However, once home, Mr Teacakes said that he'd really like me to make him an iPod holder from it, as whatever I thought about it, he couldn't see how it differed from the real thing and would really like a more wintry cover.  And do you know, he's right. When the backing side is tucked safely away, stitched into a place that fingers can no longer reach, I am left with an ipod cover that feels...ummm.... like it's made from real leather. And not just any leather, but that lovely kind of leather that Penhaligon's used to make their slippers from...the kind that requires that you to sit and stroke your own slippered feet for the entire evening because it's so deliciously soft.

So with a little more confidence I set about making a 'leather' bag...to be continued...

Florence x


  1. What an emotional journey! Love the cosey, can't wait to see your bag ;) xxx

  2. Odd-I just mentioned something similar in one of my posts.

    I was in a shop in New York City that had some of the most beautiful pieces of leather--but the fact that they were in the shape of a once-living thing made it impossible for me to buy. It was a great price, and there were so many kinds, but I just could not bring myself to do it. But like you--I have no problem with ready-made leather items. They look like things other than what they once were, and I suppose that is what makes it easier.

  3. I mean "odd" in the sense of "Phew! I'm glad I'm not the only one who has such thoughts!" :)

  4. Thanks Daisie!

    Bethany - that looked like the most amazing shopping trip.


  5. I think that I would have trouble with that, too. Leather boots on the other hand, I have no problem with - they last a lot longer than these rubbish ones that are on my feet right now...

  6. i have been a veggie until age 50 apart from odd attempts to eat meat/fish - this year I have finally managed to include in my diet chicken and fish in small amounts and feel much healthier for it - and like you have problems with leather issues - I do buy shoes/bags but would not like to sew with it or handle it - so your leatherette seems worth getting used to - good luck with that!

  7. Interesting reading! I'm vegetarian and I avoid leather if it's possible - no leather bags or belts for me - but where it gets trickier, with shoes, I have some that aren't leather, and some that are. I make sure I look after them as well as I can so that I don't have to buy new leather shoes if I can avoid it. I think it's good that we're all different and that we all make our own minds up about what we're comfortable with.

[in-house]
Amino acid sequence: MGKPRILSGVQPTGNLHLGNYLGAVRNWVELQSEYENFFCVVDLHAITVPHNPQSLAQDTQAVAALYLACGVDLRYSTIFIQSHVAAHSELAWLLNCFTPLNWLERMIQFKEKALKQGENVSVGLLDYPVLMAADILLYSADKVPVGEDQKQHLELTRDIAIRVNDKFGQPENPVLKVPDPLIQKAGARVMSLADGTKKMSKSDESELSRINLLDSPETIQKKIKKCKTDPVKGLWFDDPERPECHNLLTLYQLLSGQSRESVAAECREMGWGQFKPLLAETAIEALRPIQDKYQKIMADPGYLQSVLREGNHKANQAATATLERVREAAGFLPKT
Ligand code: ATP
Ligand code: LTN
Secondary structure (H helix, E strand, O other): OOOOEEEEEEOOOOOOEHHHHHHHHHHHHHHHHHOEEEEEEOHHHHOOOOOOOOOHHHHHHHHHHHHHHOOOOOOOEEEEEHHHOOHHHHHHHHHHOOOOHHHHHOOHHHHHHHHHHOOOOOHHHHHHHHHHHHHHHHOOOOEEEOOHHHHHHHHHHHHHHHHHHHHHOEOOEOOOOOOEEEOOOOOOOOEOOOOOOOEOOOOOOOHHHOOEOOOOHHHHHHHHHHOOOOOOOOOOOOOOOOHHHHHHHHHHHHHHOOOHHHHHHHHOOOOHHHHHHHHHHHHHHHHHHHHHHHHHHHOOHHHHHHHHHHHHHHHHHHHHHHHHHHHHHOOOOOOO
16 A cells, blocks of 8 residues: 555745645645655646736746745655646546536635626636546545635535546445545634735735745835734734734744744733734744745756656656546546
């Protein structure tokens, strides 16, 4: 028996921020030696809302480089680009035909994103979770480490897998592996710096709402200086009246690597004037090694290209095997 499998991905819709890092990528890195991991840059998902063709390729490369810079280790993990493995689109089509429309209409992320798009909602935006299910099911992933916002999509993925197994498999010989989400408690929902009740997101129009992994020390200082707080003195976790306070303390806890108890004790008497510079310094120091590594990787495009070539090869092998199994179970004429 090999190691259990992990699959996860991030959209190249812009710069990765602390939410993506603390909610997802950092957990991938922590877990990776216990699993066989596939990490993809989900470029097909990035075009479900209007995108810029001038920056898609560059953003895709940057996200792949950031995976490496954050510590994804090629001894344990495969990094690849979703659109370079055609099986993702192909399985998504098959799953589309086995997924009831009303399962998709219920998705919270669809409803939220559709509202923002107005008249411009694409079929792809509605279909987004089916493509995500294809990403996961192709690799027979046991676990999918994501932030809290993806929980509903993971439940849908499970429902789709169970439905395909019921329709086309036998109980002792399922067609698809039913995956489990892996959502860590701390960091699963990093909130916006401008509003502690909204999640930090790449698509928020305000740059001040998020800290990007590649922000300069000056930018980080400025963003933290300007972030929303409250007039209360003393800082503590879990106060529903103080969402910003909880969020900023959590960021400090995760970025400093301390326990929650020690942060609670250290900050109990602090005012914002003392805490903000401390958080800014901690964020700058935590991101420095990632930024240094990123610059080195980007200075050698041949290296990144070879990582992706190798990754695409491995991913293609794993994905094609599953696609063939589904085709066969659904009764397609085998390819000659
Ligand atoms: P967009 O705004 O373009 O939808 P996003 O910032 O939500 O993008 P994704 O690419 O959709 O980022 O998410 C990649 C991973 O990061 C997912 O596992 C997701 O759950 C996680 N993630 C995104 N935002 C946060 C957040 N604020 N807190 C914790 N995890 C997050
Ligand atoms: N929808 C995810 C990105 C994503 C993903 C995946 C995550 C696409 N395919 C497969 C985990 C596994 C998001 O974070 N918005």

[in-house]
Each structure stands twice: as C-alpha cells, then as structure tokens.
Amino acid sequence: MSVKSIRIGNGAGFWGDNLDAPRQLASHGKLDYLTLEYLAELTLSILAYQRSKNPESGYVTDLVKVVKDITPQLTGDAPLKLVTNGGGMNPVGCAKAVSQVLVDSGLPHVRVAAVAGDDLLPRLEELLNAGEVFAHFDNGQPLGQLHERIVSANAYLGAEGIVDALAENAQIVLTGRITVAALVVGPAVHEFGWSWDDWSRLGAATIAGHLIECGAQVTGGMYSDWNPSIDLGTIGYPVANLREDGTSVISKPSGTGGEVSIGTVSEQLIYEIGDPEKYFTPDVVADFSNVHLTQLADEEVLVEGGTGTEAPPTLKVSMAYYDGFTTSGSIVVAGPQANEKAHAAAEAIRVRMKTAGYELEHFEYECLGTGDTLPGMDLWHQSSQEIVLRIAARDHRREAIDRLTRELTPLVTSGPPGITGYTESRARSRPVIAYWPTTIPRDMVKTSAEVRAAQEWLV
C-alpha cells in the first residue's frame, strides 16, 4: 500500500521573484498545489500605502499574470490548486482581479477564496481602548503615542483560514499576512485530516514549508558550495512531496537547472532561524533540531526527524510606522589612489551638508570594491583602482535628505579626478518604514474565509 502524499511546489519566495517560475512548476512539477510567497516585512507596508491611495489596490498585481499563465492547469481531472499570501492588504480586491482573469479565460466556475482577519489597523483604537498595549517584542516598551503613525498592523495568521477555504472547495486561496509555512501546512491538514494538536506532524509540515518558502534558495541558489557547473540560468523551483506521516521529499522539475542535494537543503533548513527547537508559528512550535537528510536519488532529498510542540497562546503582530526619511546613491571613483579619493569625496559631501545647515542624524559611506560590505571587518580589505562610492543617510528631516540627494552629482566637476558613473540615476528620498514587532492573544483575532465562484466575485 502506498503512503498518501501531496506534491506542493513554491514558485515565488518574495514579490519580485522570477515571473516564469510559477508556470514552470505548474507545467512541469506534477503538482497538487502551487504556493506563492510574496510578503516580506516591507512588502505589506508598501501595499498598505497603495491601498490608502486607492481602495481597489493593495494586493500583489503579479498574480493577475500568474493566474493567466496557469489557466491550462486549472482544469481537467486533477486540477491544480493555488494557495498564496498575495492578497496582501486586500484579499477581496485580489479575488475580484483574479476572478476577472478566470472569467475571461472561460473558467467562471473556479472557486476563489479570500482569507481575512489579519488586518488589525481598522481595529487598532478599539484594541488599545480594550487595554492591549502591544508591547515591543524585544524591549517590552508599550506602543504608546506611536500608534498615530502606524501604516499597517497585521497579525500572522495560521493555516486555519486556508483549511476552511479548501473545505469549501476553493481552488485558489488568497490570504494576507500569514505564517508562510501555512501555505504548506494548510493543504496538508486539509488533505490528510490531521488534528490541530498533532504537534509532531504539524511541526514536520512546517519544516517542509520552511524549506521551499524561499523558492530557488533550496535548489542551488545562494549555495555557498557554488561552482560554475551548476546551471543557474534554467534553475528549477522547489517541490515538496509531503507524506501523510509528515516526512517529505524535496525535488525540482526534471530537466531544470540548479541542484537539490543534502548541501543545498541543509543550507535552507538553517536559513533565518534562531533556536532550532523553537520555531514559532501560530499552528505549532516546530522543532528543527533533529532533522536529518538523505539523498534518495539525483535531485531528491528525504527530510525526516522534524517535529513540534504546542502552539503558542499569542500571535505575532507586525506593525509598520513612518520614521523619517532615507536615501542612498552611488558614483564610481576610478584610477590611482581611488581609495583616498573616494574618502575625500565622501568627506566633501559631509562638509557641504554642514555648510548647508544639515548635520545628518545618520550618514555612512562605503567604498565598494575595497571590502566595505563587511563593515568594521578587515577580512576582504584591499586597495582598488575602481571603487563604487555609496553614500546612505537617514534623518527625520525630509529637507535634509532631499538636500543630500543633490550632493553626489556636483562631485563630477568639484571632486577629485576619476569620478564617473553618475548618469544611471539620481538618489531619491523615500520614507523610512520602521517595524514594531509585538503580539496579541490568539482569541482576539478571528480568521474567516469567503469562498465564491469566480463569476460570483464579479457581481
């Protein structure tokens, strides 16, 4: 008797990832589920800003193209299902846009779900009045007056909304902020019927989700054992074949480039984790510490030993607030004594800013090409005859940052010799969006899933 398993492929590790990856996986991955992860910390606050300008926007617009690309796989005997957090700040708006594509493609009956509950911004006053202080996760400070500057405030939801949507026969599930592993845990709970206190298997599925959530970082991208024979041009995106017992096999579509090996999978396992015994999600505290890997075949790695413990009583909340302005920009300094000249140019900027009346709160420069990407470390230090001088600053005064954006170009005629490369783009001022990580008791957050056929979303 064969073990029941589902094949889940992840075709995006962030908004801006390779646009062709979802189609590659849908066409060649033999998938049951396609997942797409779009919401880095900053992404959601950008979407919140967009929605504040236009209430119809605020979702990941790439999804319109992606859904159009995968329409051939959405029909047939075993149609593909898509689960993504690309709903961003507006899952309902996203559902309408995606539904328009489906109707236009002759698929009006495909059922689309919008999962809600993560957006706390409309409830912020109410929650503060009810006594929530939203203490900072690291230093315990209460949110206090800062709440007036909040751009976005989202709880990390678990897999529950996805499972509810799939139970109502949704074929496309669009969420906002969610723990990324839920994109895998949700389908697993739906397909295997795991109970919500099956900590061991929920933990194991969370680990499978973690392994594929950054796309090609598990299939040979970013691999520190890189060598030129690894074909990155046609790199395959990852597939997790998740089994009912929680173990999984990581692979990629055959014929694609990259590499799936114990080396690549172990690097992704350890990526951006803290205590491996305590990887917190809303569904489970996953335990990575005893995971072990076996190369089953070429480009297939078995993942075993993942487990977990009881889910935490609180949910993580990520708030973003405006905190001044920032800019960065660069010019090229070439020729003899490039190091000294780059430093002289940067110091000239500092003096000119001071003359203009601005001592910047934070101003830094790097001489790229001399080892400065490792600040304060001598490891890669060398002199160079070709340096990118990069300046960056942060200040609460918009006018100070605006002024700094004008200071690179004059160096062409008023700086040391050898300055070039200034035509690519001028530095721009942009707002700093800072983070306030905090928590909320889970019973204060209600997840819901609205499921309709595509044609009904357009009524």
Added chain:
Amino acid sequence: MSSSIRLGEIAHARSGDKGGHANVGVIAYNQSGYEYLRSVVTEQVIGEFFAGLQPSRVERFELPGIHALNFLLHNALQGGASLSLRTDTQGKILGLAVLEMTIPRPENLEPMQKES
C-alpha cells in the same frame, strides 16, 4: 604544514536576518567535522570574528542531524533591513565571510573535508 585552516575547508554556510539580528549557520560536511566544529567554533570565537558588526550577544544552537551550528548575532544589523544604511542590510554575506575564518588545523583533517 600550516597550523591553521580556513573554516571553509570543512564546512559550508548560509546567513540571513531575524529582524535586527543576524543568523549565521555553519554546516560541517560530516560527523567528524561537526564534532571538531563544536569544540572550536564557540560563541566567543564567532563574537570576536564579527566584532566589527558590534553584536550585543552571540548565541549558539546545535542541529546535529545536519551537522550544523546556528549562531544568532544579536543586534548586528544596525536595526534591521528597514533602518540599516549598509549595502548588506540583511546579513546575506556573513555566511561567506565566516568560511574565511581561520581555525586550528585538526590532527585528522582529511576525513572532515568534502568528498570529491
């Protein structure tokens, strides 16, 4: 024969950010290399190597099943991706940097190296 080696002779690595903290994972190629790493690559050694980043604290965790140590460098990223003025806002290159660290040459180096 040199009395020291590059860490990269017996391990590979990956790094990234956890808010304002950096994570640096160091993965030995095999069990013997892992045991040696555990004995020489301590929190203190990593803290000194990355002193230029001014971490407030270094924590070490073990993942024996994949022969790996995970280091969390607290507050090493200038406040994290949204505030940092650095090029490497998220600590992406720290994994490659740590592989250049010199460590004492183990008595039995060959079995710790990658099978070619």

And I love how the blue thread looks on the not-leather!

  8. I totally understand your dilemma! I've been a vegetarian for a very long time but I have never worn leather in all that time. It has caused me no problems whatsoever. I've worn plastic shoes and boots and fabric ones. My daughter has been a life-long vegetarian (no it didn't do her any harm - she grew up to be 5 ft 7) and very early on in her life made her feelings clear. She had feet (and still does) that are very difficult to get shoes of any kind for and we tried to get man-made rather than leather. When she was small she burst into tears when she found out her shoes were leather-as needs must. Since then she has always tried to get non leather, but even now it just is not possible. Anything she finds that fits comfortably is a blessing and sometimes that is leather. Otherwise though neither of us would wear by choice. The 'plastic' thing doesn't bother me one bit. There are always ethical dilemma's in what ever I want to do - knitting (the wool), embroidery (the non organic cotton etc), jewellery making (ok this was a non starter for me but gems gave me all manner of ethical problems). It goes on. The problem for me is that once I know something, I can't not and have to act. For instance there are certain wools I will not use under any circumstances, they are very soft and much in demand - but not for me.

    Ultimately everyone must choose for themselves. With the best will in the world it is impossible to be perfect in an imperfect world! I do my best to meet my criteria - which is different from that of others.

    I am currently loving my latest non leather bag from next but ideally like fabric ones. Have to make one of those though!


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Florence x